Genetic Dreams, Genetic Nightmares

CRISPR is the latest and most powerful technique for changing the genetic code of living things. This method of gene editing is already showing great promise in treating people with gene-based diseases, from sickle cell disease to cancer. However, in 2018 the use of CRISPR to edit the genes of two human embryos, which were subsequently born as two girls in China, caused outrage. The experiment was done in secrecy and created unintended changes to the children’s genomes – changes that could be inherited by their children and their children’s children. The scandal underlined the grave safety and ethical concerns around heritable genome editing, and called into doubt the ability of the scientific community to self-regulate this use of CRISPR.

CRISPR gene editing might also be used to rapidly and permanently alter populations of organisms in the wild, and indeed perhaps whole ecosystems, through a technique called a gene drive. A gene drive is a way of biasing inheritance, of getting a gene (even a deleterious one) to rapidly multiply and copy itself generation after generation, sweeping exponentially through a population.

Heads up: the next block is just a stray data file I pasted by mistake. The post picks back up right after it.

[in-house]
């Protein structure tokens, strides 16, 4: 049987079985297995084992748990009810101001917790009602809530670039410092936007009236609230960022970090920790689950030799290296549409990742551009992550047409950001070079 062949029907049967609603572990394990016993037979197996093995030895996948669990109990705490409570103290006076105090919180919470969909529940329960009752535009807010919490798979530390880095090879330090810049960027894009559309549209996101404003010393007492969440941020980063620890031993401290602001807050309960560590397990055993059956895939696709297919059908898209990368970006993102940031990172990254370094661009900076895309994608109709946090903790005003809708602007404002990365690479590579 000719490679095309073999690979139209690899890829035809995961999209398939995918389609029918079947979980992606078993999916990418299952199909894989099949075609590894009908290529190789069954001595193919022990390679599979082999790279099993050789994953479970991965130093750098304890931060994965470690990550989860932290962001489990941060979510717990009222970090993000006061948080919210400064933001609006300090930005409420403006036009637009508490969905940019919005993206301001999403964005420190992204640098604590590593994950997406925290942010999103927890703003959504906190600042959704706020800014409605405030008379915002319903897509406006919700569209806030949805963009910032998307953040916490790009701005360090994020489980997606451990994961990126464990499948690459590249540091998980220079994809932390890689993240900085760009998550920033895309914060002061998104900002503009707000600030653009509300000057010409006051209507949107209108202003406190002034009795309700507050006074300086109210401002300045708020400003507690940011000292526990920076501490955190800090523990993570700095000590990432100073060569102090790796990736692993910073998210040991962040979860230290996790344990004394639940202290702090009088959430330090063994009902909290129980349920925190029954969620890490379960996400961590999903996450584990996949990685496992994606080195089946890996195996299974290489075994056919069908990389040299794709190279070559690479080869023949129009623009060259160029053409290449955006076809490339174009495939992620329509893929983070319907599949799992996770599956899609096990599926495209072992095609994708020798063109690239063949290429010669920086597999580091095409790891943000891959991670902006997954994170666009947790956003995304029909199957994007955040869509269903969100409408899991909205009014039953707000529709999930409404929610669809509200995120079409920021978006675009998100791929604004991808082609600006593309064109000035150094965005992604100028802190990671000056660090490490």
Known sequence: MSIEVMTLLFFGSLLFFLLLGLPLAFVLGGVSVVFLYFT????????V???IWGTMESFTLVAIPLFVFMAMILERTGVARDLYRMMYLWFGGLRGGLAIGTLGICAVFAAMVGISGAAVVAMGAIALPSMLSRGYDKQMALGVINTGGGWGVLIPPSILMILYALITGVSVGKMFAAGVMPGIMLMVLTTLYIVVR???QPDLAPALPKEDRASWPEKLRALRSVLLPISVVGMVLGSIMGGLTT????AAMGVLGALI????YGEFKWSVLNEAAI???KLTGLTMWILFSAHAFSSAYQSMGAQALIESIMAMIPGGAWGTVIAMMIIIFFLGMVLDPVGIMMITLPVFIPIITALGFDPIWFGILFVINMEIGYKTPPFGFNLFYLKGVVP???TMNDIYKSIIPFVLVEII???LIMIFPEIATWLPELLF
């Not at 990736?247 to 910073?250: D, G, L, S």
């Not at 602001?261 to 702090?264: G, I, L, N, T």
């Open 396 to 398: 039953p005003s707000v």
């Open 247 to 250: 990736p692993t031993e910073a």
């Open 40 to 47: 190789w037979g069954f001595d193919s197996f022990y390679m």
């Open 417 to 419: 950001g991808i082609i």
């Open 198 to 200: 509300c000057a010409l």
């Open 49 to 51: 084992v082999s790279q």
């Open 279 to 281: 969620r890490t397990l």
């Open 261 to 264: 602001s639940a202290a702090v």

In theory, this could be used to eradicate species such as agricultural pests or disease-transmitting mosquitoes, or to alter them in some way: for example, making mosquitoes unable to carry the malaria parasite. But do we know enough about the consequences of releasing a self-perpetuating genetic technology like this into the environment, even if gene drives could, for example, eradicate insects that spread a disease which claims hundreds of thousands of deaths every year?

And who should decide whether gene drives should be released?




IGI / UC Berkeley



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